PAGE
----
Anyway, I decided the phone was worth getting, and since it will be obsolete in a year, buying it on day 1 or day 20 or day 100 is going to cost the same amount of money, but will provide the earliest and longest enjoyment when purchased on Day 1.

So on pre-order day I began trying to place my order. The Apple site was crashing when it tried to access AT&T’s records, so while attempting to use it for hours, I read all the tweets complaining about it, and found one that mentioned that Radio Shack is offering a trade-in for old iPhones. Now I’m a self-respecting Mac geek and would never go anywhere to buy an iPhone other than an Apple Store at 5AM on launch day. Certainly not to a freakin’ Radio Shack! But I did some more research and found that they are offering between $200-300 for a used 3GS, depending on wear and tear. I think mine is in pretty good shape, having been in a case all its life. Still recovering from the purchase of my MacBook Pro, a discount that would simplify the process of getting rid of my 3GS, and give me back most or all of the cost of the new phone sounded too good to pass up. So I went to my local Radio Shack just before they started taking preorders.

I was #5 in line when sales started at 1PM. After a few tries, the first guy got his phone. I waited in that store for 45 minutes, with three registers attempting to reach the servers, and in that time, nobody else was able to complete a sale. Then I had to go to work. Just before I left, I also found out that Radio Shack — all of Radio Shack — had only 9,500 units available for preorder. They have 6,500 stores. Having recently read an article about Radio Shack franchises, I knew this number was somewhere around 5,000, and realized that I had been standing on line for what was probably only 1 or 2 available phones.

Now I know that Foxconn can only make so many phones before launch (especially with most of their employees jumping off the roof), and that Apple wants to make sure that their own stores have the best supply, but I was insulted at having spent an hour of my life in line for a phone that it would have been impossible to buy, even if the servers had worked. Why even bother selling something if you only have one per store? That doesn’t benefit customers at all, it only benefits the corporation to trick people into their store with an item they want, when they know damn well they don’t have any.

The local Radio Shack is taking a waiting list, but at first I was still considering making the annual pilgrimage to the Apple Store at 5AM, because it’s fun, more than anything else. But I think I need to be a responsible adult and enjoy the release of iOS4 on launch day, which will still be exciting for my 3GS, and then at some later date, when the second batch of phones hits Radio Shack, I can get mine cheap. I don’t need to have the new features next week as opposed to next month. Most of all I will really miss the excitement of an Apple Store opening on launch day. If anybody I know is getting one, I would totally get on line with them for moral support!

Unless I can think of something to buy with the Radio Shack store credit that I actually need and would have to eventually buy anyway… Windows 7 is a possibility. So in short, I still don’t know exactly what’s going to happen. But right now I think I might wait a while.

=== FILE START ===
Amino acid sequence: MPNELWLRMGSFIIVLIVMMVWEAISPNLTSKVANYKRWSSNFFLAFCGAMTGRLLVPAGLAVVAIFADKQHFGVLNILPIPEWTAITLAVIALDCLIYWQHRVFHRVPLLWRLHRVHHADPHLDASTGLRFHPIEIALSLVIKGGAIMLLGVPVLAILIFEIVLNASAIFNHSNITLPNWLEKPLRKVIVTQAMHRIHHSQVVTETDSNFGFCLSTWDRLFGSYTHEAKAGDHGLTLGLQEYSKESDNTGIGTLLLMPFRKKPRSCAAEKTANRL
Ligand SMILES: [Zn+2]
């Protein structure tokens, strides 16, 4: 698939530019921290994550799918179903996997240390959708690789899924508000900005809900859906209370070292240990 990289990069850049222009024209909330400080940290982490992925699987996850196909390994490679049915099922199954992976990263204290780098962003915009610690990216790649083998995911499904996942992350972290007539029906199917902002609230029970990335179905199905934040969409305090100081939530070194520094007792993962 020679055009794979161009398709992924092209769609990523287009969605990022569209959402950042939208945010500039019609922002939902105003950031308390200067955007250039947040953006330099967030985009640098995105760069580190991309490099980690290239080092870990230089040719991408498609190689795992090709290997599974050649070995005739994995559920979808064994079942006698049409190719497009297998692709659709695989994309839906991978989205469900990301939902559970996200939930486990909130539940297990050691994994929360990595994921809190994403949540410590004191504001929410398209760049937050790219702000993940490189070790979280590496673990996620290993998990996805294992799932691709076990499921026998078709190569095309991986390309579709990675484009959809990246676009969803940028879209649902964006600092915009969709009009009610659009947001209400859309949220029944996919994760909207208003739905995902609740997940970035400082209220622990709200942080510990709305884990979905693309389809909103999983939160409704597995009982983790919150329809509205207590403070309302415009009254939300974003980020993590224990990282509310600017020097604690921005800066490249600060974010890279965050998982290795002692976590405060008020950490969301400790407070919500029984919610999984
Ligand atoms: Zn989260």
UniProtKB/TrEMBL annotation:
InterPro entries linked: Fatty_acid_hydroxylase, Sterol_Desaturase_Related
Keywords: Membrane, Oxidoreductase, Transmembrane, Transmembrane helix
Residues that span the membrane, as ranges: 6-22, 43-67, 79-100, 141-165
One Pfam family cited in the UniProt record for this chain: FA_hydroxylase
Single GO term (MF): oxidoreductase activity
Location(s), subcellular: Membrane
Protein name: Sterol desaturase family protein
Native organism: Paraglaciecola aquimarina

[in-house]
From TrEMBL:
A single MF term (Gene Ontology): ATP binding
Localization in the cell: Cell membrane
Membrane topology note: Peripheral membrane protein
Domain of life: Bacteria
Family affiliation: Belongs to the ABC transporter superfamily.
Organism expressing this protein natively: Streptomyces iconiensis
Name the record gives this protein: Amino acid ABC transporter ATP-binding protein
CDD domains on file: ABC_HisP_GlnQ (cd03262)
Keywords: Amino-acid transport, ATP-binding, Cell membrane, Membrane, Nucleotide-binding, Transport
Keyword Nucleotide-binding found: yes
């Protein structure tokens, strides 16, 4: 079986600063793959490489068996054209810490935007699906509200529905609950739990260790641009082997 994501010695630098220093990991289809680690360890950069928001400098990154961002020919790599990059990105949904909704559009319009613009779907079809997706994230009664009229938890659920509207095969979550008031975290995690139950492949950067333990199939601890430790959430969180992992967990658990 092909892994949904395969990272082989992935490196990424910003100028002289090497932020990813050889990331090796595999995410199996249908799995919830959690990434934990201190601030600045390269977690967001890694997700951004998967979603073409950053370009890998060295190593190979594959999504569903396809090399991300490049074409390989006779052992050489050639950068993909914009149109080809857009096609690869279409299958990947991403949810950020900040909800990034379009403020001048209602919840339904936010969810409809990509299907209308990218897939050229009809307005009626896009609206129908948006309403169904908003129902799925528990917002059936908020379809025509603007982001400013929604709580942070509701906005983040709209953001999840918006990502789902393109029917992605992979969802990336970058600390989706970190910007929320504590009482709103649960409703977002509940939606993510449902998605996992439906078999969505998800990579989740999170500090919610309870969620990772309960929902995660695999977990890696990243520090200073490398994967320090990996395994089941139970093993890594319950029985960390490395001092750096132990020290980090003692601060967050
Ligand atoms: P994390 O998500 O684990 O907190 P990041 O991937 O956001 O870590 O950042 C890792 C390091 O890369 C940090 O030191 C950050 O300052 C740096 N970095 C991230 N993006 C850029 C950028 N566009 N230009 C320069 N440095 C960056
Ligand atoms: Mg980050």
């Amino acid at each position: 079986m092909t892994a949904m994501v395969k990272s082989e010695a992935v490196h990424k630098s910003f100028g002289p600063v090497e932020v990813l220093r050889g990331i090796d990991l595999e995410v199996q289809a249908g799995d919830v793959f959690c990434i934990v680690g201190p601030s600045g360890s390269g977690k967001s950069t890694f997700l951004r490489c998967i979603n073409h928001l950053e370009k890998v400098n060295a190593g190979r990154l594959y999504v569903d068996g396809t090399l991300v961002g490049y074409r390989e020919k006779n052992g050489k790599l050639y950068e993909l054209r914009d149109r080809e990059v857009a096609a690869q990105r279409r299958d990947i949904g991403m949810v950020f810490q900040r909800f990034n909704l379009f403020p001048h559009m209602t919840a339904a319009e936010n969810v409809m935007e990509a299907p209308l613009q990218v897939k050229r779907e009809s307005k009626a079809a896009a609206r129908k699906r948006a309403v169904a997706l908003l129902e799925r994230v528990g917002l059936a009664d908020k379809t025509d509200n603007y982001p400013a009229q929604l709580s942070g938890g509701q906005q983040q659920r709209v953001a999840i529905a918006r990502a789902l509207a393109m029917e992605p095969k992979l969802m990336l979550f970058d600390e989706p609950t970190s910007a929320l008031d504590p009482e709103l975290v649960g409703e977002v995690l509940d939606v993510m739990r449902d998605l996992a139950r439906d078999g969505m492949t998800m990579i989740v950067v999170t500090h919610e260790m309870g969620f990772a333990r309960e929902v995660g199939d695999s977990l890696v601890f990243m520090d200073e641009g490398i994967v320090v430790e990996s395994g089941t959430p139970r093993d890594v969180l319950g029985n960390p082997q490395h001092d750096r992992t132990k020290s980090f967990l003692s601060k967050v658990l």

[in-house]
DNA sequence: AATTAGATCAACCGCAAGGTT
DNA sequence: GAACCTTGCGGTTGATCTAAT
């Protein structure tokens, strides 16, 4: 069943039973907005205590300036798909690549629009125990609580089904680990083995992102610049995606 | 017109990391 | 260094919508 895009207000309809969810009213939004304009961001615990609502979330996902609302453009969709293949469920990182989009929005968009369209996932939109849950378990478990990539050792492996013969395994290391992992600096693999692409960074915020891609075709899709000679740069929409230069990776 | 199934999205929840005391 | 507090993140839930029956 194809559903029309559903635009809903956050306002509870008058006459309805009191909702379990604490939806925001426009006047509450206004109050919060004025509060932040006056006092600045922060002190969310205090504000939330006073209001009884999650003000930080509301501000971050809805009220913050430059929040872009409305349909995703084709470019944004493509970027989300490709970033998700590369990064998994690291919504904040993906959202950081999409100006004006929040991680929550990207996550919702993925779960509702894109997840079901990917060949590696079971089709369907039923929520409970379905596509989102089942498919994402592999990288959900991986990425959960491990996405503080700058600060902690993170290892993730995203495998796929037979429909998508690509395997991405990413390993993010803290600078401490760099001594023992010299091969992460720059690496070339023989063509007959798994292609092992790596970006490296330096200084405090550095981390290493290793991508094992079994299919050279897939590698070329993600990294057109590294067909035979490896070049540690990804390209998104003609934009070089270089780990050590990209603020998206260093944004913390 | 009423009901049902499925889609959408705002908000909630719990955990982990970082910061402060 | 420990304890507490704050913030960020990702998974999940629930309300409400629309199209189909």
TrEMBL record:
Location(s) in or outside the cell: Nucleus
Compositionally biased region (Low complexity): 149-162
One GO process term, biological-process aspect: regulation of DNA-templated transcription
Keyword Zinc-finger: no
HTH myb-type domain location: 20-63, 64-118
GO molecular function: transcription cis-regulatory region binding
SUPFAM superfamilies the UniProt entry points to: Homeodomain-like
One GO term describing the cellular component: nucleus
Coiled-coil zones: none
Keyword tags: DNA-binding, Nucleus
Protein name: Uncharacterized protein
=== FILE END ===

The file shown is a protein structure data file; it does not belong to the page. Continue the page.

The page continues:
June 15, 2010

Tech Complete!

I call this: summer stock,theatre — Posted by KP @ 1:56 am

Well we just finished tech.

It was a long few days. Things moved along quite smoothly, but just slowly. The show is a unit set, and as such, it’s very simple in terms of moving scenery, but a lot of care had to be taken to create new looks for each scene, and that takes time. The show is also LONG. I think most people probably aren’t aware of it, but Into the Woods can apparently reach three hours with intermission in many productions. The script is 188 pages long. And the show switches setting sometimes several times per page, so there’s a lot of tech to be teched.

Today was supposed to be our first dress rehearsal, but we ended up using the day to finish teching Act II, and then we ran Act II, which was all we had time for. The run actually went very well. It’s one of those shows that goes like a freight train, and it was a very smooth ride, that felt much shorter to me than the hour and four minutes it took.

I’ve been very wound up for three days, because my job is to tech the show, and the difficulty we were having keeping to our timetable has been very heavy on my mind. The first night I got a very restless sleep, dreaming about mics breaking and other assorted theatrical disaster. Last night I slept a little better, mostly because we had already sketched out a contingency plan for tonight, and it was one I wasn’t too worried about being able to pull off. Today for the first time since Saturday morning, I felt I could walk out of the theatre with my head held high, knowing that we have something resembling a show, and that at least Act II is proven to be in good shape for where we are in the process.

Because of the pressure, I haven’t actually been enjoying tech as much as I usually do. Once we began the run, and it started to feel like a run, rather than just an especially long unbroken stretch of tech, I started to have fun. Act I is a lot more complicated, so once we get there tomorrow — with costumes, wigs and makeup, and an orchestra on the clock — I will be more nervous, but tonight really cheered me up.